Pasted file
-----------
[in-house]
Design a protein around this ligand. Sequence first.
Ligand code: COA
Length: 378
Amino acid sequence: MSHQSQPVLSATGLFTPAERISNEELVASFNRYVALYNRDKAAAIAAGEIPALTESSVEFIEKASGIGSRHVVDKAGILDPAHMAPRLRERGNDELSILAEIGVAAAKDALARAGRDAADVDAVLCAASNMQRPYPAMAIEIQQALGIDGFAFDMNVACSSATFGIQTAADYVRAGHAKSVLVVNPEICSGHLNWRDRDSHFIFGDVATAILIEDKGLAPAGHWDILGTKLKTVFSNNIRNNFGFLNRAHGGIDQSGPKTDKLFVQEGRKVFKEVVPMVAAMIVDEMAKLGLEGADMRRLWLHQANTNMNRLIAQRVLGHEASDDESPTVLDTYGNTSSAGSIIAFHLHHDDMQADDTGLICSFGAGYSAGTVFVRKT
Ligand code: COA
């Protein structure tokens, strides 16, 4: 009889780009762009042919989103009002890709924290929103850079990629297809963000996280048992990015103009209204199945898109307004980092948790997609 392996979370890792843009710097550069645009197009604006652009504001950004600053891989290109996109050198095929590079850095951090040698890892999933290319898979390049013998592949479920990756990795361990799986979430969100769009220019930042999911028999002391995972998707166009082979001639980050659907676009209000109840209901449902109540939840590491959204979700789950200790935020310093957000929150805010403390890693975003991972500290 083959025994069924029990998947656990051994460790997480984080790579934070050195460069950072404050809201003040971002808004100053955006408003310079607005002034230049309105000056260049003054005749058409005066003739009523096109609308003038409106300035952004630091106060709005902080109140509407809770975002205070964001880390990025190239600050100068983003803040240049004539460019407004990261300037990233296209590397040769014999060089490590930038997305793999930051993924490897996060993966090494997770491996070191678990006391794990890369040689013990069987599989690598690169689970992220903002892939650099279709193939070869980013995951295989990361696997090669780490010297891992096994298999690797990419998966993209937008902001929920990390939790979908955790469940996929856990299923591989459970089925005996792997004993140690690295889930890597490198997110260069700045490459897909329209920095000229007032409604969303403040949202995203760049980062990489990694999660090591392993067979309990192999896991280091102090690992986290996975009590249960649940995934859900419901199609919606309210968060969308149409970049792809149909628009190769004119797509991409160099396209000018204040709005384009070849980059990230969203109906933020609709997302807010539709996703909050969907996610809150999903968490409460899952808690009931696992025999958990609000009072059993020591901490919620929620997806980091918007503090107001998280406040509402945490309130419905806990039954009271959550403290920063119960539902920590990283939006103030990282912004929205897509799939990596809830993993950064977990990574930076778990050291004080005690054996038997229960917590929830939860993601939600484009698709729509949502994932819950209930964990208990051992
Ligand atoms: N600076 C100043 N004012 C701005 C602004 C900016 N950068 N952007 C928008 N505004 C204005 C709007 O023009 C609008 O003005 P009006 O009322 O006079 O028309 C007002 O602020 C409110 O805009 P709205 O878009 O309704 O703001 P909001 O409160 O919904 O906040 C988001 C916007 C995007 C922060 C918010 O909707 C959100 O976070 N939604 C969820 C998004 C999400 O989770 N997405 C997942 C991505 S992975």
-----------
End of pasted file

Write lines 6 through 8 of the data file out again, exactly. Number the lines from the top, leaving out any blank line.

Ligand code: COA
């Protein structure tokens, strides 16, 4: 009889780009762009042919989103009002890709924290929103850079990629297809963000996280048992990015103009209204199945898109307004980092948790997609 392996979370890792843009710097550069645009197009604006652009504001950004600053891989290109996109050198095929590079850095951090040698890892999933290319898979390049013998592949479920990756990795361990799986979430969100769009220019930042999911028999002391995972998707166009082979001639980050659907676009209000109840209901449902109540939840590491959204979700789950200790935020310093957000929150805010403390890693975003991972500290 083959025994069924029990998947656990051994460790997480984080790579934070050195460069950072404050809201003040971002808004100053955006408003310079607005002034230049309105000056260049003054005749058409005066003739009523096109609308003038409106300035952004630091106060709005902080109140509407809770975002205070964001880390990025190239600050100068983003803040240049004539460019407004990261300037990233296209590397040769014999060089490590930038997305793999930051993924490897996060993966090494997770491996070191678990006391794990890369040689013990069987599989690598690169689970992220903002892939650099279709193939070869980013995951295989990361696997090669780490010297891992096994298999690797990419998966993209937008902001929920990390939790979908955790469940996929856990299923591989459970089925005996792997004993140690690295889930890597490198997110260069700045490459897909329209920095000229007032409604969303403040949202995203760049980062990489990694999660090591392993067979309990192999896991280091102090690992986290996975009590249960649940995934859900419901199609919606309210968060969308149409970049792809149909628009190769004119797509991409160099396209000018204040709005384009070849980059990230969203109906933020609709997302807010539709996703909050969907996610809150999903968490409460899952808690009931696992025999958990609000009072059993020591901490919620929620997806980091918007503090107001998280406040509402945490309130419905806990039954009271959550403290920063119960539902920590990283939006103030990282912004929205897509799939990596809830993993950064977990990574930076778990050291004080005690054996038997229960917590929830939860993601939600484009698709729509949502994932819950209930964990208990051992
Ligand atoms: N600076 C100043 N004012 C701005 C602004 C900016 N950068 N952007 C928008 N505004 C204005 C709007 O023009 C609008 O003005 P009006 O009322 O006079 O028309 C007002 O602020 C409110 O805009 P709205 O878009 O309704 O703001 P909001 O409160 O919904 O906040 C988001 C916007 C995007 C922060 C918010 O909707 C959100 O976070 N939604 C969820 C998004 C999400 O989770 N997405 C997942 C991505 S992975």